Judge Refuses to Order Hearing on C.I.A. Tapes

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December 21, 2007
Judge Refuses to Order Hearing on C.I.A. Tapes
By DAVID STOUT and DAVID JOHNSTON

WASHINGTON — A federal judge on Friday declined to rule immediately on
a request to compel the government to explain in detail the destruction of C.I.A.
videotapes showing the harsh interrogation of two suspected Al Qaeda operatives.

District Judge Henry H. Kennedy said he would rule later on a request by lawyers
for a dozen Yemeni prisoners being held at Guantánamo Bay, Cuba, that
he order such a hearing.

But Judge Kennedy, who heard a motion from the prisoners’ lawyers, appeared
at one point to be at least partly swayed by Bush administration lawyers that
he should not get more deeply involved while Attorney General Michael B. Mukasey
is undertaking one of the inquiries into the tapes’ destruction.

“Why should the court not permit the Department of Justice to do just
that?” Judge Kennedy asked David H. Remes, a lawyer for the detainees.

For Mr. Remes, the answer was simple. “Plainly, the government wants
only foxes guarding the henhouse,” he asserted in his motion. Considering
the government’s behavior so far, Mr. Remes argued, the Justice Department
is not entitled to a presumption that it will do the right thing.

The destruction in 2005 of the videotapes, disclosed earlier this month, has
caused a furor in the capital. Critics of the administration have seized on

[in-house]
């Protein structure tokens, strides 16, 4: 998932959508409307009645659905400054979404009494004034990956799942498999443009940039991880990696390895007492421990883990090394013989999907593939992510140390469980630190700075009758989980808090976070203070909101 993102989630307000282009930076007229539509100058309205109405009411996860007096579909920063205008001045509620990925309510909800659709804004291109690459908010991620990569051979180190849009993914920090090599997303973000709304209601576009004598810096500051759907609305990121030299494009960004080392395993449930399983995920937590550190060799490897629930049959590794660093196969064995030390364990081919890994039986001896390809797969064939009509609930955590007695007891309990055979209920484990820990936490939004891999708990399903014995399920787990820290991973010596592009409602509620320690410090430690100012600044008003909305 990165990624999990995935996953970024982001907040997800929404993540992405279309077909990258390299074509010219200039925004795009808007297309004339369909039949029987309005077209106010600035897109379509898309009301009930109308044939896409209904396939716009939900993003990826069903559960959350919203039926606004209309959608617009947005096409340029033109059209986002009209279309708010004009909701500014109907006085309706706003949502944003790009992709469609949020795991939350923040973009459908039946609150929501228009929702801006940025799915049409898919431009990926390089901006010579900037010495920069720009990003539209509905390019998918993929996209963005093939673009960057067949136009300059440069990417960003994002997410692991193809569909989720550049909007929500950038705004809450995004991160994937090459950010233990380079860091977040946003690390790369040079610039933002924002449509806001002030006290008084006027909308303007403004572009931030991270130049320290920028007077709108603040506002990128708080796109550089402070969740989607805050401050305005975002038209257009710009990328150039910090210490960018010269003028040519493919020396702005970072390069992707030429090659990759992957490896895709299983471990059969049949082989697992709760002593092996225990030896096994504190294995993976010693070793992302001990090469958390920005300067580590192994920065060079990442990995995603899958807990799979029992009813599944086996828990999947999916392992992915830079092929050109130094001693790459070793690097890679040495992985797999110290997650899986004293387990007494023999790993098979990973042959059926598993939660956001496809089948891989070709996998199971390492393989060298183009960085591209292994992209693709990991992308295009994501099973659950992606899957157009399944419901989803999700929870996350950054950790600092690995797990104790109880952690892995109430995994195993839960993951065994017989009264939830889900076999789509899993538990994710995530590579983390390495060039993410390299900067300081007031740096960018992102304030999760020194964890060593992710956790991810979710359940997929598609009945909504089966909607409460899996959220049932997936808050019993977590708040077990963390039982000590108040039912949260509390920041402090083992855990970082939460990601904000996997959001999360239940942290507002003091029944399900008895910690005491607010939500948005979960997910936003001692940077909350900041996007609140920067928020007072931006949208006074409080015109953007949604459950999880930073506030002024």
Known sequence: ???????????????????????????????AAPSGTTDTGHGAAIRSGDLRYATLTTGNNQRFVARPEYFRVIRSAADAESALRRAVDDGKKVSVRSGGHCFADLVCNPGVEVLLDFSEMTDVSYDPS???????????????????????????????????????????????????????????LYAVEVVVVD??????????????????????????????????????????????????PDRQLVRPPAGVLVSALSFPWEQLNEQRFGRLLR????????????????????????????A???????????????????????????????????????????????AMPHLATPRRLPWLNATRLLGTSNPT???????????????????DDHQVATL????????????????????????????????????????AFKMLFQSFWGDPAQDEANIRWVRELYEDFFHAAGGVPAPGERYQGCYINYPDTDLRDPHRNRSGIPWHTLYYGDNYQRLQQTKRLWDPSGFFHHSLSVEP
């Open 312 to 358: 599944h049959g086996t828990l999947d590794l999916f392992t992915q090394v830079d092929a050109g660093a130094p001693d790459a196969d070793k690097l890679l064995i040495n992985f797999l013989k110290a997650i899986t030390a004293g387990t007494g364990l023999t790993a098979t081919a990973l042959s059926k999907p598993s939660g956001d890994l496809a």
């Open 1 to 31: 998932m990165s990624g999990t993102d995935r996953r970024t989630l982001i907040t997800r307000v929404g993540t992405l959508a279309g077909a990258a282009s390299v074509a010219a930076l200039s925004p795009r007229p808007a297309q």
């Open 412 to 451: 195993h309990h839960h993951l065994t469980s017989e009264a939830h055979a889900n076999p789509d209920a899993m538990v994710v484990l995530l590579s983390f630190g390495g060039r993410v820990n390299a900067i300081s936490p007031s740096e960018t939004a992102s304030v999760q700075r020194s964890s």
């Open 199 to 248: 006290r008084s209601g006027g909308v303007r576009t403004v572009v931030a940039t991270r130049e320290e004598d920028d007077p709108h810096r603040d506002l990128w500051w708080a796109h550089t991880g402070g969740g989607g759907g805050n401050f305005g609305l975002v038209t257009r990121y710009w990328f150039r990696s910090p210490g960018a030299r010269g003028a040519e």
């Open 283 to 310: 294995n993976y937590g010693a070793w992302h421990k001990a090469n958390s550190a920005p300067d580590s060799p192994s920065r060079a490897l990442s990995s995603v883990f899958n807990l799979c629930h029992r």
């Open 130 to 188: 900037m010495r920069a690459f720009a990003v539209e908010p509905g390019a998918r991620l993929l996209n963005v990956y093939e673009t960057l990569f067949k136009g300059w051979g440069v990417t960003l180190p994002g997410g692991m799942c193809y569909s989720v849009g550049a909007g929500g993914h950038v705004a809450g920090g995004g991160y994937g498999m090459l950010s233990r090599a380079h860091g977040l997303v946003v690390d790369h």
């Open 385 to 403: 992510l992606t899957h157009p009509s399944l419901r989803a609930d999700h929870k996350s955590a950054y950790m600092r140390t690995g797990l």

the episode as further evidence that it may have a lot to hide in its treatment
of detainees. In addition to a joint inquiry by the Justice Department and the
Central Intelligence Agency’s own inspector general’s office, at
least one investigation has been begun in Congress.

Lawyers for the detainees say the destruction of the tapes may have violated
an order issued by Judge Kennedy himself earlier in 2005, and may be a sign
that other evidence was destroyed.

Government lawyers argued, in part, that the detainees’ lawyers have
not even shown convincingly that their clients were covered by Judge Kennedy’s
order of June 10, 2005, since the order applied only to prisoners who were indisputably
at Guantánamo Bay on June 10, and there is a question about the whereabouts
of at least some of the detainees on that date.

The government also asserted that Mr. Remes has failed to show that Judge Kennedy’s
order, calling for the preservation of documents concerning the “torture,
treatment and abuse” of Guantánamo Bay prisoners, addresses any
incident in which his clients were involved.

Source URL: http://www.nytimes.com/2007/12/21/washington/21cnd-tapes.html?_r=2&hp=&oref=slogin&pagewanted=print&oref=slogin

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